How Obama’s Geek Leakers May Have Cost Themselves Billions
Oh-So-Young Obama Operatives: Horny for Recognition
From the Time story:
On Nov. 4, a group of senior campaign advisers agreed to describe their cutting-edge efforts with TIME on the condition that they not be named and that the information not be published until after the winner was declared. What they revealed as they pulled back the curtain was a massive data effort that helped Obama raise $1 billion, remade the process of targeting TV ads and created detailed models of swing-state voters that could be used to increase the effectiveness of everything from phone calls and door knocks to direct mailings and social media.
I read this with disbelief. Any more tell-all stories like this and Team Obama would blow it. They would destroy their opportunity to monetize this truly spectacular direct marketing breakthrough by giving away their secrets.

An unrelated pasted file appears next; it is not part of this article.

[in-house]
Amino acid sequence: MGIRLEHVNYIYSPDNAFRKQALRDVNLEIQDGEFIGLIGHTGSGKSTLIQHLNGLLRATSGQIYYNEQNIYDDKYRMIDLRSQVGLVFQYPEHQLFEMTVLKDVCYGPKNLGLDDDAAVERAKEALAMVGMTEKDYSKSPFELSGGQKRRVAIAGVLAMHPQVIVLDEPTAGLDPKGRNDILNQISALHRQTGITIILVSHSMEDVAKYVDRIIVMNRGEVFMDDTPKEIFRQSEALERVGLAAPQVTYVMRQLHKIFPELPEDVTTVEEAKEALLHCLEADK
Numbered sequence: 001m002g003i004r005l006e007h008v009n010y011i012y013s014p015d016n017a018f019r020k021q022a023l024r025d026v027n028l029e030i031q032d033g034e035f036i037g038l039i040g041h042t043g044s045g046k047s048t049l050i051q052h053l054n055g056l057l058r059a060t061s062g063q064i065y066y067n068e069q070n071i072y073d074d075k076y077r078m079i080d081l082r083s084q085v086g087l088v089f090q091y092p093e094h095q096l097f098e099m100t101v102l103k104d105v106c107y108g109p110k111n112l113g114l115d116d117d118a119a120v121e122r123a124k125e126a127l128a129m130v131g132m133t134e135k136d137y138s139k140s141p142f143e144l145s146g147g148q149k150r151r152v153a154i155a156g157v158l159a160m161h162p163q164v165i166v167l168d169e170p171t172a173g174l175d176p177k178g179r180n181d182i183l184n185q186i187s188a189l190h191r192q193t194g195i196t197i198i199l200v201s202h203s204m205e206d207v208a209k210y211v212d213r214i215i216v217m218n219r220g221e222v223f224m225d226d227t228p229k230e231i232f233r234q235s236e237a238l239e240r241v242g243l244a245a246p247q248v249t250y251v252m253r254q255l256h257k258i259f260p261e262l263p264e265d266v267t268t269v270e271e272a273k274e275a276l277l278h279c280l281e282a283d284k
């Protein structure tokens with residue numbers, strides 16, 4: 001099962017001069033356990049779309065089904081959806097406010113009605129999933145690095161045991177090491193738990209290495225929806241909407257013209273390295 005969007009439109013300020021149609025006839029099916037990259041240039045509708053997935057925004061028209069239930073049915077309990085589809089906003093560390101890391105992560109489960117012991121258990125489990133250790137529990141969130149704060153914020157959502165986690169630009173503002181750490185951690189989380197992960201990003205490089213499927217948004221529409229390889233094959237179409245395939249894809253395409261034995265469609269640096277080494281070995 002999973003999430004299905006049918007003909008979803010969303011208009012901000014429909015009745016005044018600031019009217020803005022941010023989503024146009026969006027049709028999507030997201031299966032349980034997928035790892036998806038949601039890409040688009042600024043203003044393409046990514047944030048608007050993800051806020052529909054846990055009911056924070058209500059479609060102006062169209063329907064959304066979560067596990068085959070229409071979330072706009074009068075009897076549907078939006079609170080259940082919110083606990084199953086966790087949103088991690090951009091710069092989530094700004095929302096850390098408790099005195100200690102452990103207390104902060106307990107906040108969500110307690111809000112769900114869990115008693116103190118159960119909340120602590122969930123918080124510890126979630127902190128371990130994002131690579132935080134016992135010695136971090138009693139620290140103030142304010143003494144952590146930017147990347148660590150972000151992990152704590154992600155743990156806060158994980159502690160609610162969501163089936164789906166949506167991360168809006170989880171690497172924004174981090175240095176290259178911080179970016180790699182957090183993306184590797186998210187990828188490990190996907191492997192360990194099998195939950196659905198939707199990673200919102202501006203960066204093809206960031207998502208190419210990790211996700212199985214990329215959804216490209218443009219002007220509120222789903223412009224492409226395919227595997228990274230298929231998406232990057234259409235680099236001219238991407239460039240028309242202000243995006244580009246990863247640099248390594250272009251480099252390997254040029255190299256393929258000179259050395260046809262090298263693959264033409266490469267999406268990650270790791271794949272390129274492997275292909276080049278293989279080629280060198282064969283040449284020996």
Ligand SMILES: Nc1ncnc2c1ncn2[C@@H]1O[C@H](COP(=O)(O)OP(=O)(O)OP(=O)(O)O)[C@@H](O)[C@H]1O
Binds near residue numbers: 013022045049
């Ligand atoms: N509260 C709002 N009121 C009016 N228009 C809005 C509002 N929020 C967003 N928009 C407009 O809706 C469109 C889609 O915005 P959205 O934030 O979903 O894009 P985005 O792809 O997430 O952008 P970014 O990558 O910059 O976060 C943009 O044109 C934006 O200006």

Who were these whiz kids?
From youngest to oldest:
- Gaurav Shirloe, 23. Campaign data analyst.
- Will St. Clair, 25. Helped write code for Facebook program.
- Chris Frommann, 26. Media tracking software engineer.
- David Wagner, 30. Chief of data collection.
- Chauncey McLean, 31. Translator for strategists and quants.
- Amy Gershkoff, 32. Director of media planning.
- Carol Davidsen, 37. Oversaw creation of "the optimizer."
- Erik Smith, 43. Media strategist, ties to Democrat donors.
- Jeff Link, 46. Outside consultant.
- Terry Walsh, 46. Chicago Obama strategist.
- Pete Giangreco, 48. Direct mail strategist.
- Larry Grisolano, 49. Ad strategist.
They Blew It!
On Sunday June 23, 2013, The New York Times Magazine ran a 7,100-word cover story by Jim Rutenberg: "Data You Can Believe In: The Obama Campaign's Digital Masterminds Cash In."
From Rutenberg's lede paragraph:
But the operatives were not [at Caesar's Palace, Las Vegas] in March for any political reason. They were there to make money—specifically to land what they hoped would be the first corporate client for their new advertising business, Analytics Media Group (A.M.G.). Its bland name obscures its relatively grand promise: to deliver to commercial advertisers some of the Obama campaign's secret, technologically advanced formulas for reaching voters.